PDA

View Full Version : Fire safety for non-HMOs. What do YOU do?



Bel
25-07-2007, 09:22 AM
HMO regs ( applicable to all tenacies of 3 or more people who are not related)are very clear on what fire precautions need to be taken.

I am interested what landlords/agents are currently providing for non-hmo tenants. My research seems to suggest that providing a fire blanket and extingisher in the kitchen and a smoke detector on each level is satisfactory.

Landlords & Agents, do you do this? If not, why not? Tenants can contribute to this post with their own experiences.

Bludnok
25-07-2007, 09:56 AM
I thought to qualify as an HMO it also had to be on three or more floors no? That is what the Council told me just after the law came in, has it changed? I have 4 tenants in a house on 2 floors with shared amenities (friends) and no locks on the doors and thought that didn't qualify.

Dave

Bel
25-07-2007, 10:47 AM
It is a HMO but does not require a Mandatory licence. All the HMO regs still apply. The council are only likely to hassle you if an incident happens or your tenants complain. Then they could serve you a notice to upgrade to all the fire specifications etc., overcrowding issues, management issues etc

Anyway...what fire precautions do you use?

Bludnok
25-07-2007, 10:58 AM
Then they could serve you a notice to upgrade to all the fire specifications etc., overcrowding issues, management issues etc


Then it would be emptied as quickly as possible and placed straight on the market! The upgrades would cost tens of thousands.

I use smoke alarms on both floors, fire extinguishers on both floors and in kitchen, fire blanket, windows that will open wide enough to permit escape, fire doors on bedrooms and kitchen. I also make every tenant read a safety leaflet I have provided for them, I also insist they have no locks on their doors so they can't get locked in.

It is after all my property and I would like the damage kept to a minimum

Dave

Bel
25-07-2007, 22:49 PM
I also make every tenant read a safety leaflet I have provided for them,



What.......out loud? :)

noopin
25-07-2007, 23:31 PM
Fortunately (not necessarily for me) all my properties are recently rewired, which means sufficient power outlets - a lot of trouble comes from overloading outlets.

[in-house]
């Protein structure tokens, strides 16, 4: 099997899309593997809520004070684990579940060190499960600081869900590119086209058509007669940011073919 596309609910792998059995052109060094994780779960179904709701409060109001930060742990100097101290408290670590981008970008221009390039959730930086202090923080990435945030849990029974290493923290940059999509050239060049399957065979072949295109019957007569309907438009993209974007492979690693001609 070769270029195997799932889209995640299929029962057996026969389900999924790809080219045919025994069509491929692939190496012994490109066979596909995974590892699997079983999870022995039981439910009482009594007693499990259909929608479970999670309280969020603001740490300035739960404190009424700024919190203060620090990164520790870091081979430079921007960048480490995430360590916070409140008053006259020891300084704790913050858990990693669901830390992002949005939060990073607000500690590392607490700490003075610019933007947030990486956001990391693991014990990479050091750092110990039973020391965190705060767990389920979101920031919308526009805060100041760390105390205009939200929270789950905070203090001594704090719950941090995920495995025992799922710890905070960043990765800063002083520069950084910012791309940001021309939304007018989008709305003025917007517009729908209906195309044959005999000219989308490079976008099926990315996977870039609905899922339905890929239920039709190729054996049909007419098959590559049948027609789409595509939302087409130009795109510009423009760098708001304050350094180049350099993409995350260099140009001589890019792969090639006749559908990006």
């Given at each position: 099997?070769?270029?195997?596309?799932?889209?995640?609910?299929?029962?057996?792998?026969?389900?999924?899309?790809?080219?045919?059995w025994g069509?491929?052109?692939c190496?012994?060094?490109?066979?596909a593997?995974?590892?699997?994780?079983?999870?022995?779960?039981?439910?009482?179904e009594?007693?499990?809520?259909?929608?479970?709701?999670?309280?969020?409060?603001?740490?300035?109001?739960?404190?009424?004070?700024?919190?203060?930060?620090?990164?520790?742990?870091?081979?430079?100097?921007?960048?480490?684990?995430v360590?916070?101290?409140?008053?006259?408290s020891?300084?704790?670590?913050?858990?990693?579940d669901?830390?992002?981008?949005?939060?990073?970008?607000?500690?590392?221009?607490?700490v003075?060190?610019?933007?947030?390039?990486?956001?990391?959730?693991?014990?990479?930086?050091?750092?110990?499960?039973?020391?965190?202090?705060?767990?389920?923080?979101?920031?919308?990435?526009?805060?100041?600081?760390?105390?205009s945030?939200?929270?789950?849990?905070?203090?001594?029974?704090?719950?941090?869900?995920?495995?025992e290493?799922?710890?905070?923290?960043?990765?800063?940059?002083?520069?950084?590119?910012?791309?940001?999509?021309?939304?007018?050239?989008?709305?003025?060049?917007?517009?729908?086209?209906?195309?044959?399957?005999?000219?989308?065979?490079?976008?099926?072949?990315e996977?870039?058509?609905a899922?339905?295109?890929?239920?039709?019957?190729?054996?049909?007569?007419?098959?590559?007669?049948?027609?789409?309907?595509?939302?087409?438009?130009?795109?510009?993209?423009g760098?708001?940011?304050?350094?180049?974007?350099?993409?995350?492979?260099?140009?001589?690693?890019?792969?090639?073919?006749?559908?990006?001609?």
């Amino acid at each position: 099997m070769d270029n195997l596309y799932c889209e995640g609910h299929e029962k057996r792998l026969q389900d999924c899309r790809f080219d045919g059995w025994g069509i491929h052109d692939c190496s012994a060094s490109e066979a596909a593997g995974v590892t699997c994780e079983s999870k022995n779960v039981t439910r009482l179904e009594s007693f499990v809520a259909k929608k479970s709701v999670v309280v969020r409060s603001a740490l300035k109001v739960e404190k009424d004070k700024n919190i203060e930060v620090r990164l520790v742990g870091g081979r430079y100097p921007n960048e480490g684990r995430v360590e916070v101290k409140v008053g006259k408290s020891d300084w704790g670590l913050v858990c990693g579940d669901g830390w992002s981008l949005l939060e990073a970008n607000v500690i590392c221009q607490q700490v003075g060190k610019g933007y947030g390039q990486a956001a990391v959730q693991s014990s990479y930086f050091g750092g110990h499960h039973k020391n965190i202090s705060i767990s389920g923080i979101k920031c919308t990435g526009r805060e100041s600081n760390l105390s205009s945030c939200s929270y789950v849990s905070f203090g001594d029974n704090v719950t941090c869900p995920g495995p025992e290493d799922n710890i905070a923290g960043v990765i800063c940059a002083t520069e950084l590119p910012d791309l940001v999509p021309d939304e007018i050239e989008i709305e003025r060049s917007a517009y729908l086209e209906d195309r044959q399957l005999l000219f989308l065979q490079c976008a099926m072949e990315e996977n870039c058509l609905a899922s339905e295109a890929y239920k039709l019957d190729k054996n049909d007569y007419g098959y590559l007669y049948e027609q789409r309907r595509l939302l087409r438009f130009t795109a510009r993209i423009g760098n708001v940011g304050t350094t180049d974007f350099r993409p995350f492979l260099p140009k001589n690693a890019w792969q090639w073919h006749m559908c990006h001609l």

Heat (fire) detectors are now mandatory under B.Regs for kitchens, when rewiring I must say I've never put in extinguishers or blankets.
Smoke detectors often seem to be a matter of "..how many do you want...let's put one there and one there, that seems about right" as far as electricians go. In fact, it's very important to get them sited properly (see B.Regs http://www.planningportal.gov.uk/uploads/br/BR_PDF_ADB1_2006.pdf) to be useful. That's "useful" as in lifesaving, of course.

Bludnok
27-07-2007, 06:04 AM
Fireproof ceilings, fireproof flooring, mains operated alarms, potentially basins in every bedroom, the list seems endless. It's on the website

ah84
27-07-2007, 08:50 AM
Not sure they want fireproof flooring and ceilings to be honest. I think they are more interested in the automatic fire detection system which gives early warning of fire to all occupants so that they can get out quickly.

I have a couple of HMO's licenceed from Barnet and they have not asked anything about floors and ceilings.

I do feel some of the rules are ridiculous. For instance a minimum room size of 13 square metres. My small rooms are very popular but now I will have to knock them through into the larger rooms next door and convert into bathroom to make a studio flat. Hence I won't have any cheap rooms to let and yet the government goes on about cheap accomodation.

Additionally the licence fee at 200 per room not per house mounts up. Not really making much profit at the moment and if was not for CGT would have sold up and we have been doing bedsits for 30 years.

The final stupid thing is that they want wash hand basins in toilets. Even though every room has their own sink and the bathroom next to the loo has a sink!

No problem with the fire alarm though but the poster who said 2500, perhaps is talking about a very small house. Will be lucky you get away with 3500 and then need emergency lighting too which will add another few hundred quid.

Bel
27-07-2007, 09:40 AM
Guys....Great discussion, but any ideas on what you consider a minimum in a non-hmo property also appreciated.

ah84
27-07-2007, 14:31 PM
Guys....Great discussion, but any ideas on what you consider a minimum in a non-hmo property also appreciated.

Surely it depends on the house.

Are we talking about people sharing a standard house or self contained units?

Bel
27-07-2007, 14:36 PM
Surely it depends on the house.

Are we talking about people sharing a standard house or self contained units?

Whatever your personal experience is of.....